By Will Reisman, @WillReisman
Get Creative in Palo Alto This Weekend: An Italian Street Painting Expo, a Kids Art Studio and 20 different musical acts are just some of the highlights of the 34th annual Palo Alto Festival of the Arts taking place this weekend. Overall, some 300 artists and craft makers will participate in the gathering, which is scheduled from 10 a.m. to 6 p.m. on Saturday and Sunday along University Avenue in downtown Palo Alto. The Italian Street Painting Expo, a staple of the festival, will feature 60 chalk artists drawing larger-than-life creations on Tasso Street. Attendees will also be able to snack on local street food and sip on beers from nearby microbreweries. In years past, the free festival has attracted more than 150,000 people from across the state, so event organizers are urging attendees to make public transit their travel mode of choice. Caltrain weekend schedule offers hourly service and four Baby Bullet trains to the Palo Alto station, which is just a short walk from University Avenue.
VTA Collecting Pedestrian Feedback in the South Bay: Since most of the Santa Clara Valley Transportation Authority’s customers walk to their bus stop or train station, the agency is collecting feedback on the experience of pedestrians in the South Bay. That input will be used to help the VTA develop its Pedestrian Access to Transit Plan, the first countywide program of its kind. The agency is asking its transit customers to fill out a survey so it can help identify specific pedestrian access improvement projects. Ultimately, VTA will include a list of projects that can be paid for through local, state, or federal funding means, and include an implementation plan that will be used to work with cities to improve pedestrian access to bus stops and train stations. A draft list is scheduled to be released this fall, and the final document will be up for board approval in 2016.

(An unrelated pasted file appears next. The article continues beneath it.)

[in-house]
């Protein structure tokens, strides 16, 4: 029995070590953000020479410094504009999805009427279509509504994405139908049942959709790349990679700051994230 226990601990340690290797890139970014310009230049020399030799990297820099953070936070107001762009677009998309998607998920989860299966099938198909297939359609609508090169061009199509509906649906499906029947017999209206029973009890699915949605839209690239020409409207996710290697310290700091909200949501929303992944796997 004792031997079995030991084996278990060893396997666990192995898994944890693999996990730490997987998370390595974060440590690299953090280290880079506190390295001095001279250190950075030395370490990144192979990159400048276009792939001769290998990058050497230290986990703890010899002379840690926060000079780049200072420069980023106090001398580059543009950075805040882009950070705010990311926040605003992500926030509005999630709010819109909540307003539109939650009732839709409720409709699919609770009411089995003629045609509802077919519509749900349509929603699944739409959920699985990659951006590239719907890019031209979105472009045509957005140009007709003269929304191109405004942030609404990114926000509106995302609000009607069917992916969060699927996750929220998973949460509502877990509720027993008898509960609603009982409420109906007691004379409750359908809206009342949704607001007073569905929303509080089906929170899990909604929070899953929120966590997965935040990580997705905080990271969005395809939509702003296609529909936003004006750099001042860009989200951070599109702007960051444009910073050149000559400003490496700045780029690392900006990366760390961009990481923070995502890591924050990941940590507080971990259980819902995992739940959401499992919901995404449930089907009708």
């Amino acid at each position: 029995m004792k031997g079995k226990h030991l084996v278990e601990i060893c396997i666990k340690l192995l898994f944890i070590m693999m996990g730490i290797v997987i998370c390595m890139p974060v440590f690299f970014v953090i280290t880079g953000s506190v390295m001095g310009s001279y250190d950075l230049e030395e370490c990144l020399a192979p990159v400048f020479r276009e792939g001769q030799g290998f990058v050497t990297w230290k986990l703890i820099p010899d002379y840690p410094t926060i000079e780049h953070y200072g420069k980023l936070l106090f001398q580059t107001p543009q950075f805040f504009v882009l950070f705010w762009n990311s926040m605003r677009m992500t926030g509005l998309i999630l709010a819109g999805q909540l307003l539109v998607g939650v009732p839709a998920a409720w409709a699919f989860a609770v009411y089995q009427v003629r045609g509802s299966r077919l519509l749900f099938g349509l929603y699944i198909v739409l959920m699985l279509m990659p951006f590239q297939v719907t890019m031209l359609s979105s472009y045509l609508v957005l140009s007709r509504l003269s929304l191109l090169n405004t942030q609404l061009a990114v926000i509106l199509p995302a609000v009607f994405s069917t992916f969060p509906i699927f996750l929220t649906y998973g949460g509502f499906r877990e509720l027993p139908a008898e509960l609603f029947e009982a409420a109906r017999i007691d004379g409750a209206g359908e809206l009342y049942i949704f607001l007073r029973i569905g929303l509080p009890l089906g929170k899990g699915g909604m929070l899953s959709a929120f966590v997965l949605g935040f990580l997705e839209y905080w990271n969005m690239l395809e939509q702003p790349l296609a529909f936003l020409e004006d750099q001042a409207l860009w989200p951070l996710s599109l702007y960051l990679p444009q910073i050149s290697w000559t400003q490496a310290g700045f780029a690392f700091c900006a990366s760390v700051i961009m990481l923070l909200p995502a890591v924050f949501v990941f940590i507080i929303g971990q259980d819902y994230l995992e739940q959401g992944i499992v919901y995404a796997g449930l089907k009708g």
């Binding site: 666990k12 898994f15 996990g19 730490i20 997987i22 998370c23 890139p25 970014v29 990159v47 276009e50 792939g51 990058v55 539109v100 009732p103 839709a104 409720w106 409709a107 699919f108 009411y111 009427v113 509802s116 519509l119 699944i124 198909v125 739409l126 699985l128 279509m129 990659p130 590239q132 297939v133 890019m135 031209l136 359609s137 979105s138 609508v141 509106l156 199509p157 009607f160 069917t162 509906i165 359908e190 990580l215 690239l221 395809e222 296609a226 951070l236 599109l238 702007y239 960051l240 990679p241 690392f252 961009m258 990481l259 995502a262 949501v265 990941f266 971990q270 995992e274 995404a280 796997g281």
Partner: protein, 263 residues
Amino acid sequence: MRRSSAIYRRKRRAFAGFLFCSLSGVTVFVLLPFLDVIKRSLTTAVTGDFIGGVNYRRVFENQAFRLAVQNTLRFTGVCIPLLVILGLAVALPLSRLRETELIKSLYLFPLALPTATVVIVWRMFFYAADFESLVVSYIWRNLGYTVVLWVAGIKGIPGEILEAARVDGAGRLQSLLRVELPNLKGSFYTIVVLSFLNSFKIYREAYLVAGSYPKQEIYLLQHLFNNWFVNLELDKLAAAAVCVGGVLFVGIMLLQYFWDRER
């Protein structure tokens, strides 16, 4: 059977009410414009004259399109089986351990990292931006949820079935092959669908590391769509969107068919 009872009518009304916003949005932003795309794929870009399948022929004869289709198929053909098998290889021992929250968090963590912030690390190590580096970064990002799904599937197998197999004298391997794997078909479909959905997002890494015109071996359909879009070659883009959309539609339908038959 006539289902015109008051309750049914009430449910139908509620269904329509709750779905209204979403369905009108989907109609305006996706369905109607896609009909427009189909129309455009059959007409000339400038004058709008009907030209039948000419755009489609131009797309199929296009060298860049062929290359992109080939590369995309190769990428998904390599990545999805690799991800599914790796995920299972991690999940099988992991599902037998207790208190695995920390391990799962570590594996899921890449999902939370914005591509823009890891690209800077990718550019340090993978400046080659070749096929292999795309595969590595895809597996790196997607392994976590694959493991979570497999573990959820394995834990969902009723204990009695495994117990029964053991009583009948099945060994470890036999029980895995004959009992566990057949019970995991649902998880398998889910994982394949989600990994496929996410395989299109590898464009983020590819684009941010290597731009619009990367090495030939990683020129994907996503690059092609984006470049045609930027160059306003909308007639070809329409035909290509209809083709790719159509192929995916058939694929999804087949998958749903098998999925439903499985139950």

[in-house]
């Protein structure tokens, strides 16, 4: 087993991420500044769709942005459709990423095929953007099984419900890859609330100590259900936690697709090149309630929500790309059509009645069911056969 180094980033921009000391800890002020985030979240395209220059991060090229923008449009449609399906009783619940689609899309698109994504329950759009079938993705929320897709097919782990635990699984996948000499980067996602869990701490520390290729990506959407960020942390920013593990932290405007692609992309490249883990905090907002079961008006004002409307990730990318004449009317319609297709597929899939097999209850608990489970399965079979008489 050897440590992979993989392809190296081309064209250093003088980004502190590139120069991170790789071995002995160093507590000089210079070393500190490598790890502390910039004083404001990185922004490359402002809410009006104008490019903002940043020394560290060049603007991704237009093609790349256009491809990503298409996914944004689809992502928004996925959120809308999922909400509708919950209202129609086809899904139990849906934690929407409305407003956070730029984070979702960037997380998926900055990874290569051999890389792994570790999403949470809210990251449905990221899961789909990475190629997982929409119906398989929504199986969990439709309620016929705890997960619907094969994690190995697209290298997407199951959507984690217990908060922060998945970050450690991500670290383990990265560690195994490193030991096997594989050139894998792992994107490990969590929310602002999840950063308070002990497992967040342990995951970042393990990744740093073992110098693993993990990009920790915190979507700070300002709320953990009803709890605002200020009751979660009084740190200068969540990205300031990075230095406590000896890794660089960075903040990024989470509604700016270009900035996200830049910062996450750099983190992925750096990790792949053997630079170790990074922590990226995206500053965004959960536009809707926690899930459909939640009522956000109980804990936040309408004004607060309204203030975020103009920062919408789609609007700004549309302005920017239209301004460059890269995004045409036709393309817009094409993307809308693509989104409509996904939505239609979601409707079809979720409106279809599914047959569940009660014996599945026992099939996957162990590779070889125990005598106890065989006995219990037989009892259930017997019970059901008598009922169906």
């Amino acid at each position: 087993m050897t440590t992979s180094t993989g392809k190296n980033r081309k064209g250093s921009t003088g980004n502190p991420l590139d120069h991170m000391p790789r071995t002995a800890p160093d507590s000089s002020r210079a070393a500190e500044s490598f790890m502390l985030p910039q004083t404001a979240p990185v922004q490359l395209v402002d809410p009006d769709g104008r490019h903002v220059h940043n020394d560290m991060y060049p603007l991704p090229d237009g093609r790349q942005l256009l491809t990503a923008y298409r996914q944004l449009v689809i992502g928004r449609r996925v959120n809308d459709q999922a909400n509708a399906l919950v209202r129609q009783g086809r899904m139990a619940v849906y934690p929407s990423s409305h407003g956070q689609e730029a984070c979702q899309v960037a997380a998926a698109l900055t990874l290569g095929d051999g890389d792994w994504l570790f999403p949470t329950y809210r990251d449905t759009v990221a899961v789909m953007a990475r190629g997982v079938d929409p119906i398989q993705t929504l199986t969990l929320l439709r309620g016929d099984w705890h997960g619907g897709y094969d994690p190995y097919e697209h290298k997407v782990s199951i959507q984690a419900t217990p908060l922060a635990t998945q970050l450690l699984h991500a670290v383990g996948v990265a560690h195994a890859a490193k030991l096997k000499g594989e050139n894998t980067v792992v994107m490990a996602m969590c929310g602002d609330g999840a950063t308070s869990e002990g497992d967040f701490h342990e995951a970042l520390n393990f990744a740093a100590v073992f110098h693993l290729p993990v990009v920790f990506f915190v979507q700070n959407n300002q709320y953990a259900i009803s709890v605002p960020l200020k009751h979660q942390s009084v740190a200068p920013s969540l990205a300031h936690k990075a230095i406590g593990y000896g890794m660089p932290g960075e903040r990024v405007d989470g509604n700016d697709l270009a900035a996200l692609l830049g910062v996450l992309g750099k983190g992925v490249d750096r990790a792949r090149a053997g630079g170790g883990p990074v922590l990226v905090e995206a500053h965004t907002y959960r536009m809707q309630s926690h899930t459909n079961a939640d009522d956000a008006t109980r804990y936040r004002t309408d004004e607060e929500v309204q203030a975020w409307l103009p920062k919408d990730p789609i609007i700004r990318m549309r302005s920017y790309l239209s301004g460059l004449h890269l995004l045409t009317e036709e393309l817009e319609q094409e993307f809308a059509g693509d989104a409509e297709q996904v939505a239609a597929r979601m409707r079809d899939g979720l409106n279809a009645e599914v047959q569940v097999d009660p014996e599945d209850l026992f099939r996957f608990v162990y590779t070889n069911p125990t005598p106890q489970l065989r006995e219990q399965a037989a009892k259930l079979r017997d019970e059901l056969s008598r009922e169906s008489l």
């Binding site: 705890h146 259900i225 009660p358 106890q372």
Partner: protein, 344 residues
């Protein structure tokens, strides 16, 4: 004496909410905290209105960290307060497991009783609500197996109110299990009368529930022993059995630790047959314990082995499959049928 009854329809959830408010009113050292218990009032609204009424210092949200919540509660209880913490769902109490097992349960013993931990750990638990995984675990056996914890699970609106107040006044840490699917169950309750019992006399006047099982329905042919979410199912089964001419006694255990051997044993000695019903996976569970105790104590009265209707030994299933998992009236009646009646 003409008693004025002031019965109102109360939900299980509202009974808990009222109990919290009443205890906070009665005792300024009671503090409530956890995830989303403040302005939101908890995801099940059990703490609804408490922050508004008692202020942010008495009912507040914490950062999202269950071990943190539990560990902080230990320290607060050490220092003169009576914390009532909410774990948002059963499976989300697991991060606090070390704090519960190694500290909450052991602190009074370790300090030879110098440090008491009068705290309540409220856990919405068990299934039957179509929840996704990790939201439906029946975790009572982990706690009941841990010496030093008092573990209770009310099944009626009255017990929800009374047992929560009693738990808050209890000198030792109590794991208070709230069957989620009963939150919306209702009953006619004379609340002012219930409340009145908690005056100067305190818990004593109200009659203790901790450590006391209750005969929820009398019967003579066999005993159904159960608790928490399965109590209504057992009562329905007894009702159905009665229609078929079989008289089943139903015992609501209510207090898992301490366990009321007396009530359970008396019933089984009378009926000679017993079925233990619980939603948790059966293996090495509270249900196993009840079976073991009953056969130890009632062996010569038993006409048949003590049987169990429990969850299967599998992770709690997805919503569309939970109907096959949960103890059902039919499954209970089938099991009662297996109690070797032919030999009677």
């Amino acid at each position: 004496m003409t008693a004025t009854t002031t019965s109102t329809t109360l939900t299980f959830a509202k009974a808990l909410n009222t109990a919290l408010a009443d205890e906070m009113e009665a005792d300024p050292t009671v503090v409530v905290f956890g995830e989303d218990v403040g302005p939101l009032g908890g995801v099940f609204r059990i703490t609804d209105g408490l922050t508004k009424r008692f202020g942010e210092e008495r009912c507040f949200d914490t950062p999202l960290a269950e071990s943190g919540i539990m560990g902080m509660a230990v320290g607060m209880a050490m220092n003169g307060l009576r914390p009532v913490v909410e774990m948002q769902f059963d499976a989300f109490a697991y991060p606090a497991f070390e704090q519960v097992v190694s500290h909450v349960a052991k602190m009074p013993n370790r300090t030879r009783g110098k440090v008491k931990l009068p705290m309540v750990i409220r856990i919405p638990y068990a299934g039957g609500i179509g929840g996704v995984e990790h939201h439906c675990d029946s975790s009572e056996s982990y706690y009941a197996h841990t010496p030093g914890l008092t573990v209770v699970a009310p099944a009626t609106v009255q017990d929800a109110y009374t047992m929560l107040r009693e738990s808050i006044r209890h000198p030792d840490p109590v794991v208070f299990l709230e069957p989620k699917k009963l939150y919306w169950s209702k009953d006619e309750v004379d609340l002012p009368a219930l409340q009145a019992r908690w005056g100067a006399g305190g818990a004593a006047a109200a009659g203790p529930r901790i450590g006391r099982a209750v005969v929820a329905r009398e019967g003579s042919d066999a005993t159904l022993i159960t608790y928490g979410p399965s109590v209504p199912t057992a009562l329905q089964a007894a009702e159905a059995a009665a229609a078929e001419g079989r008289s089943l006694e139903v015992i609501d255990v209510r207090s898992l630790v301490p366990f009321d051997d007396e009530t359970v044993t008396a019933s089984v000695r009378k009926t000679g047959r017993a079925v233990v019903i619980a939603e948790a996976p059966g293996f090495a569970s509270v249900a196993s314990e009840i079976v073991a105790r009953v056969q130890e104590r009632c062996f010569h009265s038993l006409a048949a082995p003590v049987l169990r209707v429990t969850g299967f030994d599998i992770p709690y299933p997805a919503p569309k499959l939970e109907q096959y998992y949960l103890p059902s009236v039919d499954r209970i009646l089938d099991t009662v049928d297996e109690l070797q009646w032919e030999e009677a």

Bay Area Sees Nation’s Steepest Decline in Car Commuting: About 70 percent of commuters in the Bay Area drive to work, a mark that represents a four percent reduction since 2006, according to a report from the US Census Bureau. ABC7 pointed out that decline marked the starkest decrease in car commuting for any region in the country. The Bay Area’s percentage of car commuters was the third lowest in the nation, trailing just New York City and Ithaca, New York, and ranking far below the national average of 85 percent. The recent decrease in car commuting has coincided with an upsurge in public transportation usage, particularly on BART and Caltrain. With an average weekday ridership of 58,000 passengers in 2015, Caltrain has nearly doubled its passenger numbers of 2006, when roughly 32,000 customers used the system. SamTrans has also seen steady growth in recent years, with ridership increasing by six percent since 2013.
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